The dad gets angry--too angry--and ends up yelling at the kid and pushing him up against the wall, saying things like, "I've put everything into this restaurant. Everything!"

See, the dads are desperate, too.

Anyway, the dad sees the error of his ways the next morning, and decides to close the restaurant and sell, at bargain prices, everything inside. They make just enough money to pay off their debts. In the end, they are left penniless and unemployed.

BUT--the point of this arc of the episode is that the dad learned a valuable lesson and did the right thing. This is clear and unambiguous...at least from the point of view of the writers and director. Yes--he saved his two teenage sons from mortal embarrassment. Never mind the fact that they both look to be about ten minutes away from graduating. Never mind the fact that college is now out of the question, for them and probably for the other three kids coming up behind them. This is never mentioned. His choice was correct. Because he spared their feeeeeelings.

So, lesson number one here is the obvious and oft-repeated one: the people who create our popular entertainment don't have a fucking clue how most of us live, though their costumers and set dressers can create a reasonable facsimile of what reality looks like. When I taught high school in New York City, fifteen years ago, there were plenty of kids who worked at their family's restaurants, or dry cleaners, or whatever. Did they love doing it? Probably not. But they knew why they did it. They did it for the family, and they did it for themselves--because the family's economic health made it possible for them to go to school and, possibly, go on to college.

Granted, they were all the children of recent immigrants. I have recent ancestors who worked in the family business as children, too. Would I have done the same, a few generations later? Not happily, I'm sure.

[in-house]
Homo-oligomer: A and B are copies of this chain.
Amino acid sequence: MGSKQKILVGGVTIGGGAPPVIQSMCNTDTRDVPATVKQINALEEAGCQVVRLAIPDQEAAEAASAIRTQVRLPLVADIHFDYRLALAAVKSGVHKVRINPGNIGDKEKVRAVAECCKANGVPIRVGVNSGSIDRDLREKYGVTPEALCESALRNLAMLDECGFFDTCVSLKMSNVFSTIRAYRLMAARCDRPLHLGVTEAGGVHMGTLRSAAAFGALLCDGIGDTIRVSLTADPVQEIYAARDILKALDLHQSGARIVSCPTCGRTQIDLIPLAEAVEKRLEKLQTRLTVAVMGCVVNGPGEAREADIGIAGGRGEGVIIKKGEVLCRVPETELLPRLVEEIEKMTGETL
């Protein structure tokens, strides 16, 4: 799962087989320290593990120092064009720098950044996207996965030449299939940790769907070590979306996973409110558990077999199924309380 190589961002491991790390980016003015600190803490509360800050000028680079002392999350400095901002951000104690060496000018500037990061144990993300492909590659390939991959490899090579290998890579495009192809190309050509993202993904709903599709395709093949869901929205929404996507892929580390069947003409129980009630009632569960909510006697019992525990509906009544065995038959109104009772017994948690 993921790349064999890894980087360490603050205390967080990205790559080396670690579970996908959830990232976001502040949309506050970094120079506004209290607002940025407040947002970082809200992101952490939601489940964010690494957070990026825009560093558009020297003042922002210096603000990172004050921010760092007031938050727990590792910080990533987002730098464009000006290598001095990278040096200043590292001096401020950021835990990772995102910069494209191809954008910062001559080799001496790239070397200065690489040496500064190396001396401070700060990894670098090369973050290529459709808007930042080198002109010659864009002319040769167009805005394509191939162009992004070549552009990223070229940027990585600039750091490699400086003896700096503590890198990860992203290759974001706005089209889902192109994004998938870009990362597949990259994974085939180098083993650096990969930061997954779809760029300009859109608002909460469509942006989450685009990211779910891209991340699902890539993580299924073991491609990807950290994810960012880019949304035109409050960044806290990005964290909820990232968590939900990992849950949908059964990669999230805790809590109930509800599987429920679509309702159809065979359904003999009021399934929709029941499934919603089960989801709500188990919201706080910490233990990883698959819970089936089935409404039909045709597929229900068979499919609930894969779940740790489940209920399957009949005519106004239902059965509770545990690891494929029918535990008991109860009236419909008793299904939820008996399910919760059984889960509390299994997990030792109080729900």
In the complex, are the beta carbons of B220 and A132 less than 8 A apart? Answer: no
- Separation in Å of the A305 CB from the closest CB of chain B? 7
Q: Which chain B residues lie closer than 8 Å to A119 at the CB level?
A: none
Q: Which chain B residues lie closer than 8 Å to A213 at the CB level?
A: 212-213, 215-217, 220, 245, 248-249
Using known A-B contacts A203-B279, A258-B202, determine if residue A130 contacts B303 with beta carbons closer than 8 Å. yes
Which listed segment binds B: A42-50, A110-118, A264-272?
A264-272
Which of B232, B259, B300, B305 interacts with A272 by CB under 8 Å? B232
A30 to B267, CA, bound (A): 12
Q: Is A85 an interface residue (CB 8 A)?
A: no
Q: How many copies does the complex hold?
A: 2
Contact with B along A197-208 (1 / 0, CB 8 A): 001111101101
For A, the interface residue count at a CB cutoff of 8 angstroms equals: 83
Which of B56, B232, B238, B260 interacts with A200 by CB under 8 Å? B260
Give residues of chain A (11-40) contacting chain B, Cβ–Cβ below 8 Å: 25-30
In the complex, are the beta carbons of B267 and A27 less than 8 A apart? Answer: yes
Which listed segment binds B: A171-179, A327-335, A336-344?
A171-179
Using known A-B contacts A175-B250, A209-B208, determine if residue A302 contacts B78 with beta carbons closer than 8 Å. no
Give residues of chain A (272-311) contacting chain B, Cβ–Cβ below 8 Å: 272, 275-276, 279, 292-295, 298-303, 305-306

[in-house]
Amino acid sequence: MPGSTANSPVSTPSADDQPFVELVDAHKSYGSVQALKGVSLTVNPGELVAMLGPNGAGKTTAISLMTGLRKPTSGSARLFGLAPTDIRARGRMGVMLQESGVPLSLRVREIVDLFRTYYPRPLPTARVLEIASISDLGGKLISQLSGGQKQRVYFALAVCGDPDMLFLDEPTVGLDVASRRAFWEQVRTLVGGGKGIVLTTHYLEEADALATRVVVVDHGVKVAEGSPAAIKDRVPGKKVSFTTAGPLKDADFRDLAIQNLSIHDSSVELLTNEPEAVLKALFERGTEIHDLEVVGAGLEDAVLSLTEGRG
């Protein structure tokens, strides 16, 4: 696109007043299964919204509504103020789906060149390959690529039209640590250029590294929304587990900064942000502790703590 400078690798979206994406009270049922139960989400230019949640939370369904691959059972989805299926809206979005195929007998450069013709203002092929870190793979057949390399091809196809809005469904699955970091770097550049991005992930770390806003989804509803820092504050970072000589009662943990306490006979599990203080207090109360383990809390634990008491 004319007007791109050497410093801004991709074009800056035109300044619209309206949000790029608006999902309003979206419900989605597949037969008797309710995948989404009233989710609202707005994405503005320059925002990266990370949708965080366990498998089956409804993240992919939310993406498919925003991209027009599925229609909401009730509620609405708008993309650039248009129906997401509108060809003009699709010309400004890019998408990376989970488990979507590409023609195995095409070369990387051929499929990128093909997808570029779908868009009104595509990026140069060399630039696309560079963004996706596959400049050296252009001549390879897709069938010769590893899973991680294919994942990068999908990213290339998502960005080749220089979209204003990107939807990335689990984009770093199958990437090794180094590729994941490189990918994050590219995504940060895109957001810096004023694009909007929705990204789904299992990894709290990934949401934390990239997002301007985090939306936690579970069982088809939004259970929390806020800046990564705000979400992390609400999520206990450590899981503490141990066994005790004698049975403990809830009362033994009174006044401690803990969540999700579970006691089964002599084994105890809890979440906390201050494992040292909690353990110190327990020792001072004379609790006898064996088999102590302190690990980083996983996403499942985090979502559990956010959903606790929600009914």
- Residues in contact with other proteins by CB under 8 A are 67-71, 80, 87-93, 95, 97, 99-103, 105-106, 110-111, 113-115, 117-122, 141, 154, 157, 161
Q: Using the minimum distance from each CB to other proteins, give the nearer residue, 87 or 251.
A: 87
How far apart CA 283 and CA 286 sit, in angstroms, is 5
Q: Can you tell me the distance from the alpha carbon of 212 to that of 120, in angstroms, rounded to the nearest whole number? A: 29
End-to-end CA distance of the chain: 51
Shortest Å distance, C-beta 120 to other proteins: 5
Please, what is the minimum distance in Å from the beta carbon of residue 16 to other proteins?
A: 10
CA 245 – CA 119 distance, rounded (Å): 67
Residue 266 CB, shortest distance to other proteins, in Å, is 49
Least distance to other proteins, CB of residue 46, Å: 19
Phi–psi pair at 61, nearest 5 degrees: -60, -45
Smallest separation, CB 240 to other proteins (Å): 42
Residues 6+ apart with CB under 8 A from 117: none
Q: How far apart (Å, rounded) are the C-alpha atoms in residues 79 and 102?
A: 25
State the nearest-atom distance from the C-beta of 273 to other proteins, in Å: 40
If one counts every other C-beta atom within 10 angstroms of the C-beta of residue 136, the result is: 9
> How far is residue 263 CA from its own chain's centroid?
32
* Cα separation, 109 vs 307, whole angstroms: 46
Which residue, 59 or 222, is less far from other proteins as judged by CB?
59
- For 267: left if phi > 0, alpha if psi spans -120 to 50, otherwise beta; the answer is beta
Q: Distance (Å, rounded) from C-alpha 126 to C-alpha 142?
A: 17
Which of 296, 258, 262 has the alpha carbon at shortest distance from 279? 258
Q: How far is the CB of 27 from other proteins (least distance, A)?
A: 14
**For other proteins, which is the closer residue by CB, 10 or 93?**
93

But there's the point: you don't do it happily, but you do it. Because you're a child, and your very limited, short-term sense of happiness is not what grownups build a family upon, or make huge decisions based upon. Did the dad on this TV show blow up, and get too angry? He did. Did that invalidate what he was trying to say? It shouldn't have. The scene needed to end with him calming down--that night, or the next day--and explaining to his nearly-adult son why this business had to survive, and why facing some short-term embarrassment was a minor thing compared to bankruptcy. He might have even coached the kid on how to face the abuse he might get from the asshole kids at the table--how to hold himself with pride, and speak with authority, because he was helping to run the family business, while the other kids were still useless parasites.

But no, he apologized, and he shut down the business, and they're broke. And I have no idea what happens next, because I'm too busy to catch up on three or four more episodes.

But if our TV reflects our culture in any way--if the people who make the shows are not as clueless as I'd like to think they are--if they really do know what's going on--then we're in massive trouble. Because if we, as a culture, really do condone and applaud this mindset--that our children are precious flowers who must be protected from all hurt and harm and who should not be expected to help the family in times of crisis--then what kind of id monsters are we raising? If we, as a larger culture, can't find it within ourselves to gird our loins, grit our teeth, and do some unpleasant things in order to survive hard times, if unpleasant things are required (and by the way, we are in hard times. Even the stupid show acknowledged as much), then...well...we aren't going to survive hard times.

Just imagine how this very same scene would have played out in a TV show from the 1950s or even the early 60s. I think it's pretty obvious. The kids would be told to buck up and deal with it, they'd face down the assholes at the table, who would end up more abashed and repentant than their real-life counterparts ever would, and the kids would learn a Valuable Lesson, which would be spelled out in excruciating detail around the family dinner table in the last scene.

So trite! We laugh. Good thing we've come so far.